Best-selling author Charlie Connelly returns with a First World War memoir of his great uncle, Edward Connelly, who was an ordinary boy sent to fight in a war the likes of which the world had never seen. But this is not just his story; it is the story of all the young forgotten soldiers who fought and bravely died for their country.
The Forgotten Soldier tells the story of Private Edward Connelly, aged 19, killed in the First World War a week before the Armistice and immediately forgotten, even, it seems, by his own family.
Edward died on exactly the same day, and as part of the same military offensive, as Wilfred Owen. They died only a few miles apart and yet there cannot be a bigger contrast between their legacies.
Edward had been born into poverty in west London on the eve of the 20th century, had a job washing railway carriages, was conscripted into the army at the age of 18, and sent to the Western Front from where he would never return. He lies buried miles from home in a small military cemetery on the outskirts of an obscure town close to the French border in western Belgium. No-one has ever visited him.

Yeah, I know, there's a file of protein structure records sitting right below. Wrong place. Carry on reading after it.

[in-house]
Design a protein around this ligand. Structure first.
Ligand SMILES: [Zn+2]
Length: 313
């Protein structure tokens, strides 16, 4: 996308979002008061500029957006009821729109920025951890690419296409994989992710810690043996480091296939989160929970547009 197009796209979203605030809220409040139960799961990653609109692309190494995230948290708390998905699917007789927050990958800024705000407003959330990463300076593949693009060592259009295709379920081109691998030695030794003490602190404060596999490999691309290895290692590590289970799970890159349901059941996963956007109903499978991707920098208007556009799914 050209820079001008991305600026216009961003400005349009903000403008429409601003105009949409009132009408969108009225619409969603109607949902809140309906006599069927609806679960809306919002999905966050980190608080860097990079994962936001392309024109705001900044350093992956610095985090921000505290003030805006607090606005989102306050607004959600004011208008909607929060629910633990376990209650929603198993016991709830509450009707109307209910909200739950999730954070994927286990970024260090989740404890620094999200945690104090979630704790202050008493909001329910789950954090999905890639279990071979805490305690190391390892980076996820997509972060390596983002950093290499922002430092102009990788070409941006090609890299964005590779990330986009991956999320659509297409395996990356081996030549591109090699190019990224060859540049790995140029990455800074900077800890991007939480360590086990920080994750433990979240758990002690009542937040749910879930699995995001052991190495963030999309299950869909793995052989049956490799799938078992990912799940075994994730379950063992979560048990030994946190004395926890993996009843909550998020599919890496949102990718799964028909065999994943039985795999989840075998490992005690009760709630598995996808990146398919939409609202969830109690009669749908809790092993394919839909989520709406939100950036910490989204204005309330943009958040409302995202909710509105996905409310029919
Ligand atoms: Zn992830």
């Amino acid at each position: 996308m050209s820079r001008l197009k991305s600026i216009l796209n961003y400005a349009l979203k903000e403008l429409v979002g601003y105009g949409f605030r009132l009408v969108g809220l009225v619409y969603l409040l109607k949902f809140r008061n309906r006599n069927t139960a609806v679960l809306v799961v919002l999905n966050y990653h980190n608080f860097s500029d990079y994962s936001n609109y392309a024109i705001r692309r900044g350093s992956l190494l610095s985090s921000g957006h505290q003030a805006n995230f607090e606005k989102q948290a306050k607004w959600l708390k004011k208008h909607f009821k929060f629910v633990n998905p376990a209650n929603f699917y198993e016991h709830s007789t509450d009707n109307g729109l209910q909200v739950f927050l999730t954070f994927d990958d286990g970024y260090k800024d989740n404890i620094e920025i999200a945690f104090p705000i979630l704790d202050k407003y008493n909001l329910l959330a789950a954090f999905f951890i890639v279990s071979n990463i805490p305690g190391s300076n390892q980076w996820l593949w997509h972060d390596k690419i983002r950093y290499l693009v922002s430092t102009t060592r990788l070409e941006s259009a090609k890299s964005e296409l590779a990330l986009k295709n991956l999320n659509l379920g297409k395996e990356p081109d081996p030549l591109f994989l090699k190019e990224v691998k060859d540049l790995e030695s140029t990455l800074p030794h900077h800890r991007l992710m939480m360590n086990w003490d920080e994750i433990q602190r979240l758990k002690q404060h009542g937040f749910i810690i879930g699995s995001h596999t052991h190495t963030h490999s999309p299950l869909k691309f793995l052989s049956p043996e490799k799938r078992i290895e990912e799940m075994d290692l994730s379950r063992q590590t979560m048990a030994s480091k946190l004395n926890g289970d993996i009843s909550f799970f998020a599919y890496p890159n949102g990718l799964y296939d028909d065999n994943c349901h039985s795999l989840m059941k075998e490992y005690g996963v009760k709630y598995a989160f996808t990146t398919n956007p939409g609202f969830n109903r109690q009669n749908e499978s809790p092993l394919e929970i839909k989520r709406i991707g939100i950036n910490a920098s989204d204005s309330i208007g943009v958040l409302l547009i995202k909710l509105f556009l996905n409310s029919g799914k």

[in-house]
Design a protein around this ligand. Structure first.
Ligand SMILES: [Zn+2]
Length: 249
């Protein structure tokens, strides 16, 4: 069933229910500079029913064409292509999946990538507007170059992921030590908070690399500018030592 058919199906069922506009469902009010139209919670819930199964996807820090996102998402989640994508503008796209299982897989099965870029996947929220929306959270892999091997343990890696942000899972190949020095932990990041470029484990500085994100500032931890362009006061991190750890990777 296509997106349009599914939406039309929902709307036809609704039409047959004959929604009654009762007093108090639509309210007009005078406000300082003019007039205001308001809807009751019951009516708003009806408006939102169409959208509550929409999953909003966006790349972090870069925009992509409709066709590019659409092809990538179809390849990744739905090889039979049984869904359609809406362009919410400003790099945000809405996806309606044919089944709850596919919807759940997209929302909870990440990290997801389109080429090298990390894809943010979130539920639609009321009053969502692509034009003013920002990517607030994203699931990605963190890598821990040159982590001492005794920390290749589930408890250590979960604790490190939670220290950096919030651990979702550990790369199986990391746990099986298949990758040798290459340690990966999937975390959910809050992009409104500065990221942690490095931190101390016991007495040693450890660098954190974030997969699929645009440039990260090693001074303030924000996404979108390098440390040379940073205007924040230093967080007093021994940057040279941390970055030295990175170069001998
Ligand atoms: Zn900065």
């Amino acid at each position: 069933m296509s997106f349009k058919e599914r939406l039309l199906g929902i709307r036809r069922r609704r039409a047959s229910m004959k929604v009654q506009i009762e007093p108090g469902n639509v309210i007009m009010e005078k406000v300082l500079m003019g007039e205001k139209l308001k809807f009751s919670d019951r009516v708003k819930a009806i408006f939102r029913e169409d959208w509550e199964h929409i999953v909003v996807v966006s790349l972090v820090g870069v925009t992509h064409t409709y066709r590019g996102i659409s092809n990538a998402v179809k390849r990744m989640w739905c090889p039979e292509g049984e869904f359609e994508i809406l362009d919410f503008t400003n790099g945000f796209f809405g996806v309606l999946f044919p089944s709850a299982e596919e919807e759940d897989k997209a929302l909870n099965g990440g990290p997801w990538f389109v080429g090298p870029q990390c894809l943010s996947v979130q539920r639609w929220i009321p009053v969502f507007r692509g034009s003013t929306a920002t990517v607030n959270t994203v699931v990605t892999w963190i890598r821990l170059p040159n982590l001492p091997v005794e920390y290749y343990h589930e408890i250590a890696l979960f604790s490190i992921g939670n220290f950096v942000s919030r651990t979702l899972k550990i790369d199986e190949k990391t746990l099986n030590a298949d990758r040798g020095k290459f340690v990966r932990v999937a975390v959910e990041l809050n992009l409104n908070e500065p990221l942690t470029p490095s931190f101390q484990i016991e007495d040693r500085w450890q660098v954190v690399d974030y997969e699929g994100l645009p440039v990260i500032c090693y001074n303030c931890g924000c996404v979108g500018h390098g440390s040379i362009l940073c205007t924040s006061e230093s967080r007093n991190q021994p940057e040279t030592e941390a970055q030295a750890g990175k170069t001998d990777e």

Like thousands of other young boys, Edward's life and death were forgotten. By delving into and uncovering letters, poems and war diaries to reconstruct his great uncle's brief life and needless death; Charlie fills in the blanks of Edward's life with the experiences of similar young men giving a voice to the voiceless.
Edward Connelly's tragic story comes to represent all the young men who went off to the Great War and never came home. This is a book about the unsung heroes, the ordinary men who did their duty with utmost courage, and who deserve to be remembered.